A characterization of the data, including its intended use and limitations.
Ecoregions for the Mississippi Alluvial Plain were extracted from the seamless national shapefile. Ecoregions denote areas of general similarity in ecosystems and in the type, quality, and quantity of environmental resources. They are designed to serve as a spatial framework for the research, assessment, management, and monitoring of ecosystems and ecosystem components. By recognizing the spatial differences in the capacities and potentials of ecosystems, ecoregions stratify the environment by its probable response to disturbance (Bryce and others, 1999). These general purpose regions are critical for structuring and implementing ecosystem management strategies across federal agencies, state agencies, and non-government organizations that are responsible for different types of resources within the same geographical areas (Omernik and others, 2000). The approach used to compile this map is based on the premise that ecological regions can be identified through the analysis of the spatial patterns and the composition of biotic and abiotic phenomena that affect or reflect differences in ecosystem quality and integrity (Wiken, 1986; Omernik, 1987, 1995). These phenomena include geology, physiography, vegetation, climate, soils, land use, wildlife, and hydrology. The relative importance of each characteristic varies from one ecological region to another regardless of the hierarchical level. A Roman numeral hierarchical scheme has been adopted for different levels for ecological regions. Level I is the coarsest level, dividing North America into 15 ecological regions. Level II divides the continent into 50 regions (Commission for Environmental Cooperation Working Group, 1997). At Level III, the continental United States contains 105 regions whereas the conterminous United States has 85 (U.S. Environmental Protection Agency, 2011). Level IV ecoregions are further subdivisions of Level III ecoregions. Methods used to define the ecoregions are explained in Omernik (1995, 2004), Omernik and others (2000), and Gallant and others (1989).
This product is part of a collaborative effort primarily between USEPA Region VII, USEPA National Health and Environmental Effects Research Laboratory (Corvallis, Oregon), Mississippi Department of Environmental Quality, Arkansas Department of Environmental Quality, Arkansas Multi-Agency Wetland Planning Team (MAWPT), U.S. Army Corps of Engineers (USACE), U.S. Department of Agriculture (USDA) - Natural Resources Conservation Service (NRCS), U.S. Department of Interior - Fish and Wildlife Service (USFWS), and U.S. Department of Interior - U.S. Geological Survey (USGS) - Earth Resources Observation Systems (EROS) Data Center. The project is associated with an interagency effort to develop a common framework of ecological regions. Reaching that objective requires recognition of the differences in the conceptual approaches and mapping methodologies that have been used to develop the most common ecoregion-type frameworks, including those developed by the U.S. Department of Agriculture - Forest Service (USFS) (Bailey and others, 1994), the USEPA (Omernik, 1987, 1995), and the NRCS (United States Department of Agriculture - Soil Conservation Service, 1981). As each of these frameworks is further refined, their differences are becoming less discernible. Regional collaborative projects such as this one in the Mississippi Alluvial Plain, where agreement can be reached among multiple resource management agencies, are a step toward attaining consensus and consistency in ecoregion frameworks for the entire nation.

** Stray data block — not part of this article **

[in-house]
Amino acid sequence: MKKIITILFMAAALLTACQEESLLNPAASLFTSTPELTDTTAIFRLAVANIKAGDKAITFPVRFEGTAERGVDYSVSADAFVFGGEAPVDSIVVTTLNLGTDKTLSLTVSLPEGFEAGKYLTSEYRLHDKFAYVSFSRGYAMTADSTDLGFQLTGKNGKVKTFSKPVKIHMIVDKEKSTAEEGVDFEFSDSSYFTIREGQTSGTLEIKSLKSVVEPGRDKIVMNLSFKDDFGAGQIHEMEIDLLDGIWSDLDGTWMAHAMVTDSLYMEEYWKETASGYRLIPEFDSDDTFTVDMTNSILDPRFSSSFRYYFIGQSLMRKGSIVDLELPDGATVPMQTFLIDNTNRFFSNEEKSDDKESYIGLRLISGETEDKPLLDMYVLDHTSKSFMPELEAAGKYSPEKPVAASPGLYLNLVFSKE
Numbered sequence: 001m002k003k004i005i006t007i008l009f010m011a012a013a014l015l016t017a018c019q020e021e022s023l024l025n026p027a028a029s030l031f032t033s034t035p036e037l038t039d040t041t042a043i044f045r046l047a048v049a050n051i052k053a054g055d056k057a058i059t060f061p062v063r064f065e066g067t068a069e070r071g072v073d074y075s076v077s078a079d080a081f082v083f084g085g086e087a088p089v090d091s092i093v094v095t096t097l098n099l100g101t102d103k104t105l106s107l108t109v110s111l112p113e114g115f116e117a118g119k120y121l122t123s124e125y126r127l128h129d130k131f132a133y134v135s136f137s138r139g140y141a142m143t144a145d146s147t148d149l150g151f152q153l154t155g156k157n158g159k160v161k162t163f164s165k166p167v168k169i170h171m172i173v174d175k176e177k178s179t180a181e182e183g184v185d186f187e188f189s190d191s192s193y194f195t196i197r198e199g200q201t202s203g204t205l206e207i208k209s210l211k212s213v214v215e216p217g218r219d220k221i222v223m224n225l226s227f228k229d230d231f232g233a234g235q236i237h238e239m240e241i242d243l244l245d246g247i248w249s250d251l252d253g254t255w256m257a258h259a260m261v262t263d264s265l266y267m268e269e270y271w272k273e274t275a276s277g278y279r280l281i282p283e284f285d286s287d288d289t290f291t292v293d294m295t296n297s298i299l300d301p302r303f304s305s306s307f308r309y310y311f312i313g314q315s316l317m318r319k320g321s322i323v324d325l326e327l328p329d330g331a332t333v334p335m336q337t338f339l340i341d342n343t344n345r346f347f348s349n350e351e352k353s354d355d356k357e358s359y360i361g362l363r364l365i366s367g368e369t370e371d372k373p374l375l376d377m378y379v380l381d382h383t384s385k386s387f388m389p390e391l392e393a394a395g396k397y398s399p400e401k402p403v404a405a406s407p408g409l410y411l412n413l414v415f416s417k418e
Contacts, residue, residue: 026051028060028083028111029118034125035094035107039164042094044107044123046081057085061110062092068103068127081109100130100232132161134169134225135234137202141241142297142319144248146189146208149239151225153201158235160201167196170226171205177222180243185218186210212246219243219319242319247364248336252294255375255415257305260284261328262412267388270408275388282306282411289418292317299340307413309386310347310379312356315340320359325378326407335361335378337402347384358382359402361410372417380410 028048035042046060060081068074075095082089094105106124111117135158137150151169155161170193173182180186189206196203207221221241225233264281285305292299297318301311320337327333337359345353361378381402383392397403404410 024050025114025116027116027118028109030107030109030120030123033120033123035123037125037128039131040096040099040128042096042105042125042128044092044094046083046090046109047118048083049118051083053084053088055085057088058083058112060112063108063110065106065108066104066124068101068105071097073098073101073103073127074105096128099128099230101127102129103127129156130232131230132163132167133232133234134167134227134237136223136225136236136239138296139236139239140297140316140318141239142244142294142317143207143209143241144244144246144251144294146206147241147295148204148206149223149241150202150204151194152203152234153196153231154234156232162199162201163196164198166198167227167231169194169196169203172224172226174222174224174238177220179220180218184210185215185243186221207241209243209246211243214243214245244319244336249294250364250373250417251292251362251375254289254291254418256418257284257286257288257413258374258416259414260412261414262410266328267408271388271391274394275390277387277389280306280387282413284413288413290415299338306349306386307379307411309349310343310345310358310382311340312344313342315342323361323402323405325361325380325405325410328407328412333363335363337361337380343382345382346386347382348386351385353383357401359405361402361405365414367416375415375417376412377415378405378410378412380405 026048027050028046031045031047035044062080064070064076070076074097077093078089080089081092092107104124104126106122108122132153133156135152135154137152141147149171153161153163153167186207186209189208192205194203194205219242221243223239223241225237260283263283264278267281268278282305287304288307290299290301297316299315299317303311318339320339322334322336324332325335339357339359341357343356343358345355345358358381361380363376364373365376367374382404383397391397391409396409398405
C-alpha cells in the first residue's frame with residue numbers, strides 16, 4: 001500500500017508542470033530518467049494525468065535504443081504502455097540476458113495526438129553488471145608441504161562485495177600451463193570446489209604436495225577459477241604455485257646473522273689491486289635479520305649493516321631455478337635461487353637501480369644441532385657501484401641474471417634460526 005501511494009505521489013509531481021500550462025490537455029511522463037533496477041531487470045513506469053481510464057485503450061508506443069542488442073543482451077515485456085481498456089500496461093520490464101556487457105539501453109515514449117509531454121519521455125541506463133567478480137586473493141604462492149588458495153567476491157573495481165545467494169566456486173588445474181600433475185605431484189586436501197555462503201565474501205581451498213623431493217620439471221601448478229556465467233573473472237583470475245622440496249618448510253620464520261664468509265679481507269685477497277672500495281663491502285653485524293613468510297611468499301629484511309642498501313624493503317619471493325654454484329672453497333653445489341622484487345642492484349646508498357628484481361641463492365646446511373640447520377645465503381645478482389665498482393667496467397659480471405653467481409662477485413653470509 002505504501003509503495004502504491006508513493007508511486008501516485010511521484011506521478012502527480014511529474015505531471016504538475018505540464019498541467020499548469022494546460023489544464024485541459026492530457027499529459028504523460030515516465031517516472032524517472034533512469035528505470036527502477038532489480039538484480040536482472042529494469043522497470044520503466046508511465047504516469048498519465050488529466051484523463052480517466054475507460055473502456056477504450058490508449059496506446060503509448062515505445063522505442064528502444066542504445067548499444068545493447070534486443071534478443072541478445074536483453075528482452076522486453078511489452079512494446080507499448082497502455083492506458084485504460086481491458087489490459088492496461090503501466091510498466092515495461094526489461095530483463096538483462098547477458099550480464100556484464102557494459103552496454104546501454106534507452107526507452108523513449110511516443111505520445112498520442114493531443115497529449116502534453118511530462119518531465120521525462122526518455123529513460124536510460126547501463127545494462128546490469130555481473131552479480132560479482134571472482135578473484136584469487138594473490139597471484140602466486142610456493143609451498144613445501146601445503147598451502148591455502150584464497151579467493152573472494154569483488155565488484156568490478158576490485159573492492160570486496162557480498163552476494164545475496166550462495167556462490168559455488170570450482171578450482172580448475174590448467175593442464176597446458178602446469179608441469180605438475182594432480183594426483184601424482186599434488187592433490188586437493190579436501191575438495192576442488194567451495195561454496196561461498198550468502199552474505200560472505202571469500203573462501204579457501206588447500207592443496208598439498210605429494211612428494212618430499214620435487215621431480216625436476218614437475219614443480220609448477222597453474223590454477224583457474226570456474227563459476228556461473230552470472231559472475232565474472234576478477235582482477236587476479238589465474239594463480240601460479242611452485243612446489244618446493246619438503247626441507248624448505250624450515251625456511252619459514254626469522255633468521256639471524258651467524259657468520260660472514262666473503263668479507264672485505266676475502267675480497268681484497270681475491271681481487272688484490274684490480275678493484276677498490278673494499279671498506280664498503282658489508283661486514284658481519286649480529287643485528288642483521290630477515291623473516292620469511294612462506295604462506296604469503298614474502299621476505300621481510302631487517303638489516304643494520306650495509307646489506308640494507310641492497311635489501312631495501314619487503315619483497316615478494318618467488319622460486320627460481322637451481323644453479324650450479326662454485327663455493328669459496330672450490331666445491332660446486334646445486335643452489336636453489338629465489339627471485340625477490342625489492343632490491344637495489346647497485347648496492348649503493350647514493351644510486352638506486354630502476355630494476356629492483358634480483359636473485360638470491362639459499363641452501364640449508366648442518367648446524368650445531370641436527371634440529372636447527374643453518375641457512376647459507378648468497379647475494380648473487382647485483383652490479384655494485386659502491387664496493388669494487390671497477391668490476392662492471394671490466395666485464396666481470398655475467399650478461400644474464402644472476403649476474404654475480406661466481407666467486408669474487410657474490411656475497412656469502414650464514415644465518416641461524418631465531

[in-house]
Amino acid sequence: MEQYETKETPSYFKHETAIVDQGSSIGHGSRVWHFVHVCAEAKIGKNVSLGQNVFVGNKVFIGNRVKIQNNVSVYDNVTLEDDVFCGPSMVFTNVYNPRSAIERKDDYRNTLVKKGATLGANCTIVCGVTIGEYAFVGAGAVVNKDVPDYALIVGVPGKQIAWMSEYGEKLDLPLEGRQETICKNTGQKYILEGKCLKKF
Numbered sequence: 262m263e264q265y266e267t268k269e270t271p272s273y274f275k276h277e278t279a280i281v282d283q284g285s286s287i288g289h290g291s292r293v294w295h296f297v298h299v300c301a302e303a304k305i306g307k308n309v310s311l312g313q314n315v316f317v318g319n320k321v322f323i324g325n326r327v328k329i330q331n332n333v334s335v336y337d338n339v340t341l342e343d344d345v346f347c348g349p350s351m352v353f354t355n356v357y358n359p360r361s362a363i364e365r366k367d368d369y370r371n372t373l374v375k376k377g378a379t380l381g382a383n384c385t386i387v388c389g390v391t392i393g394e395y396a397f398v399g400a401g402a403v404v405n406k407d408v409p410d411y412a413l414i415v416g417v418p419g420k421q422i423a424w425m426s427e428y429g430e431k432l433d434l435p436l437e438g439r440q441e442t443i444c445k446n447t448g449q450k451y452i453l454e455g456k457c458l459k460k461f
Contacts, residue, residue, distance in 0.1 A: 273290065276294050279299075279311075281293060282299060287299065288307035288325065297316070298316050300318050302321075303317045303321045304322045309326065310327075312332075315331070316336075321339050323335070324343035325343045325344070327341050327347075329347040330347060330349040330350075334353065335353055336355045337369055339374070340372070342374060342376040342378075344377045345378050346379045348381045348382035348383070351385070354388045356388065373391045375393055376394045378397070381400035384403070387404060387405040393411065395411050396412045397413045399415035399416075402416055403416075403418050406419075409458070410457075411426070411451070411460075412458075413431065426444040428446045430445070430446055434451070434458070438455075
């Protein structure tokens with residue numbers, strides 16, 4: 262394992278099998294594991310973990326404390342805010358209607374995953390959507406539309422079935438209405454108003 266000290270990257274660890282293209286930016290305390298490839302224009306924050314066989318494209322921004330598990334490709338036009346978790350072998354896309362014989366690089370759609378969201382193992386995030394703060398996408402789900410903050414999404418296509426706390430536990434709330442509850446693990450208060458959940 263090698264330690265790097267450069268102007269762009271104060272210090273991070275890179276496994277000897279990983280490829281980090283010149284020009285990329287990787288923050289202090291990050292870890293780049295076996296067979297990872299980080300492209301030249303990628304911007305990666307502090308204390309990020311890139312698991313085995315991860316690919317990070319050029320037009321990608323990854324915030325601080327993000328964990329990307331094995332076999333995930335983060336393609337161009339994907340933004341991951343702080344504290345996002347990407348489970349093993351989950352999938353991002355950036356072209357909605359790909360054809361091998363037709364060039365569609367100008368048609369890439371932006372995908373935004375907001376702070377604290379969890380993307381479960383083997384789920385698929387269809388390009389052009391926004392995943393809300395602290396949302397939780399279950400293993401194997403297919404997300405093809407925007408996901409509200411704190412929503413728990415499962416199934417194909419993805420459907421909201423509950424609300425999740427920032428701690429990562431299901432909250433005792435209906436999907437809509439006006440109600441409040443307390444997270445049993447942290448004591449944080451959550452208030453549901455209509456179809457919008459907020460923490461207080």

Commission for Environmental Cooperation Working Group, 1997, Ecological regions of North America- toward a common perspective: Montreal, Commission for Environmental Cooperation, 71 p.
Gallant, A. L., Whittier, T.R., Larsen, D.P., Omernik, J.M., and Hughes, R.M., 1989, Regionalization as a tool for managing environmental resources: Corvallis, Oregon, U.S. Environmental Protection Agency, EPA/600/3-89/060, 152p.
Omernik, J.M., 1995, Ecoregions - a framework for environmental management, in Davis, W.S. and Simon, T.P., eds., Biological assessment and criteria-tools for water resource planning and decision making: Boca Raton, Florida, Lewis Publishers, p.49-62.
Omernik, J.M., Chapman, S.S., Lillie, R.A., and Dumke, R.T., 2000, Ecoregions of Wisconsin: Transactions of the Wisconsin Academy of Science, Arts, and Letters, v. 88, p. 77-103.
Omernik, J.M., 2004, Perspectives on the nature and definitions of ecological regions: Environmental Management, v. 34, Supplement 1, p. s27-s38.
U.S. Environmental Protection Agency. 2011. Level III and IV ecoregions of the continental United States. U.S. EPA, National Health and Environmental Effects Research Laboratory, Corvallis, Oregon, Map scale 1:3,000,000. Available online at: http://www.epa.gov/wed/pages/ecoregions/level_iii_iv.htm.
Comments and questions regarding Ecoregions should be addressed to Glenn Griffith, USGS, c/o US EPA., 200 SW 35th Street, Corvallis, OR 97333, (541)-754-4465, email:email@example.com Alternate: James Omernik, USGS, c/o US EPA, 200 SW 35th Street, Corvallis, OR 97333, (541)-754-4458, email:firstname.lastname@example.org